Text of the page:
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I would first pull the pump's motor and inspect it. I'd be willing to bet it's corroded under the cap. Also check the grill connectors for corrosion and gunk bridging pins, the fact that it's engaging when the smaller wires are not connected suggests that power and ground are coming into contact with one another where they shouldn't.

Are you certain it's hooked up properly? Which pump setup do you have, SEHP?
 

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Discussion Starter · #4 ·
Thanks for the quick reply. I don't have an amp gauge, need to go to a shop to test the amp draw. According to the MM1 Mechanic's Guide, it says, "max motor amp draw at relief pressure, 200 amp. I assume that means the reading when you hold the controller on with plow all the way up or angled all the way. I've never had the cab control fail, but I guess anything's possible.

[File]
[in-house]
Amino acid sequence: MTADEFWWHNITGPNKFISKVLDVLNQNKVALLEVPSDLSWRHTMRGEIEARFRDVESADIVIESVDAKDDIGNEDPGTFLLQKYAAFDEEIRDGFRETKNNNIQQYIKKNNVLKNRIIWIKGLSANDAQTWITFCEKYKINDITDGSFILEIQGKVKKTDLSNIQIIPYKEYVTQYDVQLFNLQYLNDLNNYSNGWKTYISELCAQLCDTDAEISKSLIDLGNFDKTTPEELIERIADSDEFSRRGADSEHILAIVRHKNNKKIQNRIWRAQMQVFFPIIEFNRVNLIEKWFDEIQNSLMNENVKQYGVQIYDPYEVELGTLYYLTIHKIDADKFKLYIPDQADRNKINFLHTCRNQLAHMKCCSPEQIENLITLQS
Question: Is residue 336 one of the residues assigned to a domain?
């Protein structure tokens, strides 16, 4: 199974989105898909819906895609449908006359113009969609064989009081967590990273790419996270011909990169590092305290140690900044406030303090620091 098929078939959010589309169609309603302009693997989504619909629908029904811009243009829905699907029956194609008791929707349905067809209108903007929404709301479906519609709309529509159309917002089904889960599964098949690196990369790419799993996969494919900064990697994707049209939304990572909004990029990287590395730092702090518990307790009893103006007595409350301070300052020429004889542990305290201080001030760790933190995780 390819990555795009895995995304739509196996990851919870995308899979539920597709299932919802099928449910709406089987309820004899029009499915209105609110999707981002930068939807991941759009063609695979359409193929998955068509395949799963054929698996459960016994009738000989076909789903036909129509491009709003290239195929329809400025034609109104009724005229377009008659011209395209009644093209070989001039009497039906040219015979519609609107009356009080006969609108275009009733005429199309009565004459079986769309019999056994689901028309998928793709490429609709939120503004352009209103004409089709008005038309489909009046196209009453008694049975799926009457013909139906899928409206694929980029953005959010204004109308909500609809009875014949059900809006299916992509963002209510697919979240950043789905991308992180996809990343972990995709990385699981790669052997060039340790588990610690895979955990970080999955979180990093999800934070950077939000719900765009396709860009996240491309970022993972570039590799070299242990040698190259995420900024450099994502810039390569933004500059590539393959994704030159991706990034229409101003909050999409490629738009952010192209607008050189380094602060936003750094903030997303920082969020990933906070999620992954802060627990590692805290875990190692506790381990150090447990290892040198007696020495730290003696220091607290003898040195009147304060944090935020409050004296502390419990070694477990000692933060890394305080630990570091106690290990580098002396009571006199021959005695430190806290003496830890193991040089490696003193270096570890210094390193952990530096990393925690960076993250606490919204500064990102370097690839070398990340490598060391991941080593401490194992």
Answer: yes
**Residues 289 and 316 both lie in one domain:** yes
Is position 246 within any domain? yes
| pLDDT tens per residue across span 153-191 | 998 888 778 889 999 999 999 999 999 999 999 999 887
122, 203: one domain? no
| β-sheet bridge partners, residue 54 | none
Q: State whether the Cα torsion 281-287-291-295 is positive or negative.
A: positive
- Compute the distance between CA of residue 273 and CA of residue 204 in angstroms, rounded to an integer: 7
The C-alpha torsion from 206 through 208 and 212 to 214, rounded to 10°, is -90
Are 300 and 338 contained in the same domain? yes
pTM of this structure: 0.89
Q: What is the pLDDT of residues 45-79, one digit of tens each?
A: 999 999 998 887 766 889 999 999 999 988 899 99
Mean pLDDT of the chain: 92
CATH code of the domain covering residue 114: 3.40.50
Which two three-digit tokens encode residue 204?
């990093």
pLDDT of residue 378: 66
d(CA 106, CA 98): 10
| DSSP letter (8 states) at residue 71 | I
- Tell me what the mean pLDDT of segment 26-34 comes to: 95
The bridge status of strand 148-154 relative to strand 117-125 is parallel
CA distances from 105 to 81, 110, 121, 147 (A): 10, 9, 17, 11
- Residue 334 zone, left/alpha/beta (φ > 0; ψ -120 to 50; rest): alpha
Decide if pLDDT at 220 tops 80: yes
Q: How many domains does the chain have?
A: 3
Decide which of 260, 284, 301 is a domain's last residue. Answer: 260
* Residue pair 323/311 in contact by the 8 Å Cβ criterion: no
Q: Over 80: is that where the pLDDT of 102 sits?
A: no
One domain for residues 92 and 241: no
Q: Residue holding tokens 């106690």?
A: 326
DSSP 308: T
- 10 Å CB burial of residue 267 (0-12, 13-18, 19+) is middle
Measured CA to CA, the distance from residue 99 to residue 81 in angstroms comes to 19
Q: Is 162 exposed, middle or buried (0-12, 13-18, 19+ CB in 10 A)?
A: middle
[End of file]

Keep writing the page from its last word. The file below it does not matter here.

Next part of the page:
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While the motor is stuck running, unplug the controller. If the motor shuts off, it's the controller. If not, it's the solenoid. If you bought a Buyers solenoid first and it's one of the tall, skinny ones (which I assume it is if it doesn't look like the Fisher one) then it's probably the solenoid even though it was new. They have a pitifully high failure rate.

Edit: just reread the post and saw you mentioned disconnecting the small wires. As @JFon101231 said, that would rule out the controller.